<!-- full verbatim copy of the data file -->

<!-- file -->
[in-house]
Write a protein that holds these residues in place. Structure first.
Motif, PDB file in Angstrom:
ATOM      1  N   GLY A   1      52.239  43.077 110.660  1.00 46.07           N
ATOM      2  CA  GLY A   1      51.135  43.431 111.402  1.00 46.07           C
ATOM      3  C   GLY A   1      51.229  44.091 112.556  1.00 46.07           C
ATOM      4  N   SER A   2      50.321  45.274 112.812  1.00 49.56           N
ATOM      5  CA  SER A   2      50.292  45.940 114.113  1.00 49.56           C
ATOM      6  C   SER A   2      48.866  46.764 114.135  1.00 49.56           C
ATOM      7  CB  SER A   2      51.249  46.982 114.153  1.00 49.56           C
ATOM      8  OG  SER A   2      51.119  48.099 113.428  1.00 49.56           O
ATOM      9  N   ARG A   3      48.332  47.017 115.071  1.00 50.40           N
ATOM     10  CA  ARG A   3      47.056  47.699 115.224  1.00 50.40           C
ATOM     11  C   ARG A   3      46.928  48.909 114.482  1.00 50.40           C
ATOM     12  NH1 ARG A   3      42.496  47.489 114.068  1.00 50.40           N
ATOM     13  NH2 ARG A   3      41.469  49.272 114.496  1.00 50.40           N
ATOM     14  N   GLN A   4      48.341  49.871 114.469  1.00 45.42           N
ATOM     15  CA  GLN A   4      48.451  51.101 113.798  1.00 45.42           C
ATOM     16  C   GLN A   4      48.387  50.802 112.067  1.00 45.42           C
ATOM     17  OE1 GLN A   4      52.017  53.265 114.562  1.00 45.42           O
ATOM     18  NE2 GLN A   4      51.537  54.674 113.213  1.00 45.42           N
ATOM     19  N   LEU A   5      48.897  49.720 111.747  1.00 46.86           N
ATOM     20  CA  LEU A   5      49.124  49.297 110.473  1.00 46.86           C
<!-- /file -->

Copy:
[in-house]
Write a protein that holds these residues in place. Structure first.
Motif, PDB file in Angstrom:
ATOM      1  N   GLY A   1      52.239  43.077 110.660  1.00 46.07           N
ATOM      2  CA  GLY A   1      51.135  43.431 111.402  1.00 46.07           C
ATOM      3  C   GLY A   1      51.229  44.091 112.556  1.00 46.07           C
ATOM      4  N   SER A   2      50.321  45.274 112.812  1.00 49.56           N
ATOM      5  CA  SER A   2      50.292  45.940 114.113  1.00 49.56           C
ATOM      6  C   SER A   2      48.866  46.764 114.135  1.00 49.56           C
ATOM      7  CB  SER A   2      51.249  46.982 114.153  1.00 49.56           C
ATOM      8  OG  SER A   2      51.119  48.099 113.428  1.00 49.56           O
ATOM      9  N   ARG A   3      48.332  47.017 115.071  1.00 50.40           N
ATOM     10  CA  ARG A   3      47.056  47.699 115.224  1.00 50.40           C
ATOM     11  C   ARG A   3      46.928  48.909 114.482  1.00 50.40           C
ATOM     12  NH1 ARG A   3      42.496  47.489 114.068  1.00 50.40           N
ATOM     13  NH2 ARG A   3      41.469  49.272 114.496  1.00 50.40           N
ATOM     14  N   GLN A   4      48.341  49.871 114.469  1.00 45.42           N
ATOM     15  CA  GLN A   4      48.451  51.101 113.798  1.00 45.42           C
ATOM     16  C   GLN A   4      48.387  50.802 112.067  1.00 45.42           C
ATOM     17  OE1 GLN A   4      52.017  53.265 114.562  1.00 45.42           O
ATOM     18  NE2 GLN A   4      51.537  54.674 113.213  1.00 45.42           N
ATOM     19  N   LEU A   5      48.897  49.720 111.747  1.00 46.86           N
ATOM     20  CA  LEU A   5      49.124  49.297 110.473  1.00 46.86           C